A Giant Step

Phelps at new heights with 200 free record


March 28, 2007|By Kevin Van Valkenburg | Kevin Van Valkenburg,Sun Reporter

MELBOURNE, AUSTRALIA — MELBOURNE, AUSTRALIA-- --The question, in all honesty, needs both distance and time to accurately be answered. But after Michael Phelps' jaw-dropping world-record swim yesterday in the final of the 200-meter freestyle, it's worth asking once again.

Has the Maryland native surpassed Ian Thorpe as the greatest swimmer of all time?

"I think in Australia, that debate will probably go on forever," said Mark Schubert, the head coach of Team USA. "I think it's a little unfair [to Thorpe] to say that [Phelps has passed him], because every time they stood up against each other, Thorpe won. But now the crown has been passed."

Still, the fact that the question can even be posed, in the middle of a meet no less, is a reflection of just how impressive Phelps' 200-meter freestyle time of 1:43.86 was. Even Phelps' teammates and his competitors, by now used to seeing him shave seconds off marks previously thought to be unbreakable, seemed in awe.

"To me, that was probably the single most incredible record in the books and, yeah, he put it to rest," said American Aaron Peirsol, who broke his own world record in the 100-meter backstroke, becoming the first man to go under 53 seconds with a time of 52.98.

"I thought this 200 freestyle record by Ian would last for 10, maybe 20 years," said Pieter Van Den Hoogenband of The Netherlands, who finished second to Phelps. "You can only say, `Congratulations. Fantastic race.' Second place was the best I could give."

Van Den Hoogenband and Phelps spoke briefly before the medal ceremony, and Van Den Hoogenband -- who won silver in the 200 freestyle at the 2004 Athens Olympics, and is the current world record holder in the 100 freestyle -- admitted Phelps made it impossible for him to swim his own race.

What was your best time prior to this? Van Den Hoogenband wanted to know.

Um, well, 1:45.1, Phelps answered sheepishly.

"We were joking around about it," Phelps said. "I was excited to be swimming next to him. I knew he was going to be out fast because that's how he swims his races, so I decided I just wanted to get out there with him."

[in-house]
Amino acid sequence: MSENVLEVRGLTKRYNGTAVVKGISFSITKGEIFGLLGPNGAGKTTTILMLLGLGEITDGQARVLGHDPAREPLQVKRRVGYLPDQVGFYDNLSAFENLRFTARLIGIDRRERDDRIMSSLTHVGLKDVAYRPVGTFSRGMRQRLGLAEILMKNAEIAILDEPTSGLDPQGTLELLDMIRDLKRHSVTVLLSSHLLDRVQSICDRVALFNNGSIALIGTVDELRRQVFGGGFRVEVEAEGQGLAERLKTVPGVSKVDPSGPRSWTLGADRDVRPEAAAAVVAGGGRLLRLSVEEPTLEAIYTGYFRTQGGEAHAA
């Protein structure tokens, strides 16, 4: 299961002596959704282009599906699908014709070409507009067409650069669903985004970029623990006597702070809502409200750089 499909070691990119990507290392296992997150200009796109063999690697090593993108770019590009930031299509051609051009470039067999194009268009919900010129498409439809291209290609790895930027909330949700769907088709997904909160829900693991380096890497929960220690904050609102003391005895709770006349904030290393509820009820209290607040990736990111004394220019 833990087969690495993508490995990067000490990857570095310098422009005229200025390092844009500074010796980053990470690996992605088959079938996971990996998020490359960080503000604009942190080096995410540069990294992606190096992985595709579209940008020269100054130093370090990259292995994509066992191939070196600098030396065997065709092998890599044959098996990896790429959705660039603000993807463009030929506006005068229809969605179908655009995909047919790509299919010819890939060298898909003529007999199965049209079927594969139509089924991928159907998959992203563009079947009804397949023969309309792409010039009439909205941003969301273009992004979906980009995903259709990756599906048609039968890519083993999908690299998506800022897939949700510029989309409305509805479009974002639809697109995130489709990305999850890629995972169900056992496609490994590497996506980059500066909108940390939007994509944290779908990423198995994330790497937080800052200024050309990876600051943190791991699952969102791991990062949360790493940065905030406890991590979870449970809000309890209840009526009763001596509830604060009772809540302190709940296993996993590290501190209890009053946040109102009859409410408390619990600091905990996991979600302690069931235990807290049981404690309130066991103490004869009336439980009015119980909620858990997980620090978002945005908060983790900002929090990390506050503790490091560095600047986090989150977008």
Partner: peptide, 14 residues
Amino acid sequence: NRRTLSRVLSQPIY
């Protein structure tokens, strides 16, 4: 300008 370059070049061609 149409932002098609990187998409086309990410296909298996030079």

Phelps' only regret about last night was that Thorpe wasn't in the lane next to him. For several years now, his desire for a rematch against Thorpe, who won the 200 freestyle in Athens, helped Phelps drag himself out of bed in the morning for training. But Thorpe, burned out and run down by injuries, elected to retire in November of 2006.

"Before Ian retired, I really wanted to come to his country and race him again," Phelps said. "That was definitely something that was in my mind when I'd get out of bed in the morning. When he retired, there was a little bit of disappointment, but I wasn't going to give up that race and say, `Oh well.' "

Phelps, who is trying to win eight gold medals in these world championships, now has gold in the two events he failed to win in Athens: the 200 freestyle and the 400-meter relay. His biggest remaining challenge will be the 100-meter butterfly Saturday, in which he will be a slight underdog to U.S. teammate Ian Crocker.

Yesterday's 200 freestyle was the 19th time Phelps has been involved in breaking a world record at an Olympic distance, and the 17th time he has held an individual world record. Only Mark Spitz of the United States and Kornelia Ender of Germany have broken more world records.

Phelps holds five world records -- in the 200-meter freestyle, 200-meter individual medley, 400-meter individual medley, 200-meter butterfly and as part of the U.S. team that broke the 400-meter freestyle relay world record.

But his performance in the 200 free may go down as his most impressive accomplishment. At least for now.

"That was one of the best records ever set, maybe the best," said Phelps' coach, Bob Bowman.

Did Phelps realize what was happening during the race?

"I had no idea," he said. "I saw where I was compared to the rest of the field. ... Coming off the last wall, I just wanted to nail it, and I saw where Pieter was, but I had no idea [about a record]. I didn't see any fans cheering or anything. I was just trying to race as hard as I could. I had to take my goggles off to really see what it was, but when I saw it, I think the reaction speaks for itself."

When he touched the wall, Phelps raised both arms in the air, his long index fingers extended toward the sky. He opened his mouth and let out a yell of satisfaction.



Michael Phelps holds world records in the following individual events:

200-meter freestyle (1:43.86)

200-meter butterfly (1:53.71)

200-meter individual medley (1:55.86)

400-meter individual medley (3:13.46)

Source: International Swimming Federation

Baltimore Sun Articles
Please note the green-lined linked article text has been applied commercially without any involvement from our newsroom editors, reporters or any other editorial staff.